The No. 4-seed Alabama gymnastics team won its sixth national championship on Saturday and its second in two years — all under head coach Sarah Patterson. The Tide turned in a 197.85 that beat the No. 1 Florida Gators’ score by just .075.
“It was just a great moment for everybody, to know that we put everything out on the floor and that we had no regrets,” senior Geralen Stack-Eaton said. “It’s just an amazing feeling to know that we’ve won another national championship.”
“I couldn’t be more proud of our athletes,” Patterson said. “We really had a great night.”
Patterson had won five national championships before Saturday, but none had ever come in consecutive years.
The win also ties Patterson with legendary Alabama coach Paul “Bear” Bryant, who won six national championships as head football coach.
“I just feel like the gymnastics program is a small part of the rich history and tradition of the University of Alabama,” Patterson said. “And I could not be more proud to be a part of it.”
But number six did not come easy.
The NCAA Championships came down to the final event. Florida and Alabama had gone head-to-head all season, with Alabama winning in Coleman Coliseum and the Gators taking the Southeastern Conference Championship. In the semi-finals on Friday, the Tide finished just .025 ahead of the Gators — the smallest margin possible.
Heading into the last rotation, Alabama trailed the Gators by .025.
After sophomore Sarah DeMeo scored a 9.775 on the balance beam, it was up to Stack-Eaton and fellow senior Ashley Priess to win it for the Tide.
Stack-Eaton scored a 9.9, and Priess, just one year removed from her ankle surgery that kept her out of the 2011 championship run, came up big with a 9.95 to secure the national championship.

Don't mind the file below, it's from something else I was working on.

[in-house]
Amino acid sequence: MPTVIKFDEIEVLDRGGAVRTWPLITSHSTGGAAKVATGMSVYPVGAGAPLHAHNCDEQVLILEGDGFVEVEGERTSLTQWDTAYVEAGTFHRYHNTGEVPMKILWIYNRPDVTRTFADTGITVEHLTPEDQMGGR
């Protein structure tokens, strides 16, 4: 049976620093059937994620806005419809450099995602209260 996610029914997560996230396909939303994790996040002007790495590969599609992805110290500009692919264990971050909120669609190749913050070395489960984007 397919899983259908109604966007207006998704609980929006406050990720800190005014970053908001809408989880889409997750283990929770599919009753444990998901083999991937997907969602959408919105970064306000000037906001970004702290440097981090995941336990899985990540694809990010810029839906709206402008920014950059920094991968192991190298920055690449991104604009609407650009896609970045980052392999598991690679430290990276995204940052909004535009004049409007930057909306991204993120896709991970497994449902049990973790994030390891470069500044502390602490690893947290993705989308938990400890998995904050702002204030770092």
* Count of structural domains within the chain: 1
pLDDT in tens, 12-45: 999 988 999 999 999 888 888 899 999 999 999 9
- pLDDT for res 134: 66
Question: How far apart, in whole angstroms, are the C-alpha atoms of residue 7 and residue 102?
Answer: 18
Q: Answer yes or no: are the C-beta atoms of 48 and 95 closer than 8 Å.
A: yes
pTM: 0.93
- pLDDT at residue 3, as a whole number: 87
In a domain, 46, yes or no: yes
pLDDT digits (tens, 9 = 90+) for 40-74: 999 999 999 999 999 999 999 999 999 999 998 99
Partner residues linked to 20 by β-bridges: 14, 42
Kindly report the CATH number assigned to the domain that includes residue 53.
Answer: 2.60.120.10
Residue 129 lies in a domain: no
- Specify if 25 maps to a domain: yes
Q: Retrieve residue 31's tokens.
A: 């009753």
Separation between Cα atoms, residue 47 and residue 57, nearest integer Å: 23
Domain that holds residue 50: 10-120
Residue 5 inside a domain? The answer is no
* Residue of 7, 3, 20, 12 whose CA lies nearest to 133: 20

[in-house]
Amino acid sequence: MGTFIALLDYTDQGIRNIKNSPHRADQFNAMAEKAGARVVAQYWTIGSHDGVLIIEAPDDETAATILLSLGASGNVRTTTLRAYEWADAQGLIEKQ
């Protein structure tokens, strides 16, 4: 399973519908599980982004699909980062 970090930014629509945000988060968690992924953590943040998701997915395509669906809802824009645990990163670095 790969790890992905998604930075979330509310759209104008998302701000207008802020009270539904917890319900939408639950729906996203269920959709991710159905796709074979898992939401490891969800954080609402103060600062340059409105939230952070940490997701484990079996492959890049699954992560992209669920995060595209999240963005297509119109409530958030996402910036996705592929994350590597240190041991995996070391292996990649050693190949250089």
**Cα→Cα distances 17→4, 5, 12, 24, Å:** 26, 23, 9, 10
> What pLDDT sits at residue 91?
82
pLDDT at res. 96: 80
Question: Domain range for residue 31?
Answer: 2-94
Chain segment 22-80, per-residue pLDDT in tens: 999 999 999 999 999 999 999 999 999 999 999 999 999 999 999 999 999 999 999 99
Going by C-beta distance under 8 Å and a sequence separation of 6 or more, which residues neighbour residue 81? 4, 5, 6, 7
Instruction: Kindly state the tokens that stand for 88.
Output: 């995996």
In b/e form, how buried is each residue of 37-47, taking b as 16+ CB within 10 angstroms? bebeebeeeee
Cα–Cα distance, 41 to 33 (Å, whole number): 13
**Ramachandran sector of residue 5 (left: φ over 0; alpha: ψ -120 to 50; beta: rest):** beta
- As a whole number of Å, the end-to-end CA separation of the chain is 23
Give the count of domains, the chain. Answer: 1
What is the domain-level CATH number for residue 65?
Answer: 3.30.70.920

“There are really no words to describe that feeling, but a happy ending is probably the best way we can,” Priess said. “Before Geralen and I went on beam, it was totally a God moment. We both prayed together and turned it over to God that He would take care of those routines if it was meant to be.”
Florida was finished on the floor before Priess’ routine, and she knew she needed a high score to win.
“It was in my mind that it could be that close, but as soon as that thought about scores gets in my head, I immediately try to shut it out and say, ‘No, stop thinking about that,’” she said. “All I can control is what I’m going to do on beam, so that was the only thing in my thought process.”
The balance beam is generally considered the hardest event of the competition, and having the Tide compete on beam last was supposed to be a disadvantage. On Friday night, in the preliminaries, the Georgia Bulldogs — one of the favorites to win the national championship — fell three times on six beam rotations, ending their season much earlier than expected.
To add to the suspense, the Gators were the top floor team in the country coming into the championship weekend, setting the two teams up for a photo finish.
“I was more in tune with what our athletes were doing on balance beam,” Patterson said. “It wasn’t until the very end that I realized that our scores had matched up with theirs pretty well and it was going to come down to that last routine.”
Sometimes, defending a national championship can be a curse, but for Alabama, it turned out to be a blessing. The Tide knew what it took to win under pressure and came through in a big way.
Not that there weren’t any roadblocks along the way.
“It’s a lot harder the second time. There were times when I felt like the ladies were complacent, and I had to give them a little kick, and they responded each time,” Patterson said. “One of our quotes was, ‘Are you satisfied, or are you hungry?’ Because you can’t be both. You’ve got to pick one.”
Now, Patterson will set out to do what even Bryant couldn’t — win three national championships in a row. It is certainly a daunting task; however, it’s one that is very achievable for a coach of Patterson’s pedigree.
But that will have to wait for another day.
“I’m not even thinking about that,” Patterson said. “I’m going to take a little while, and we’re going to enjoy this.”
Filed Under: Gymnastics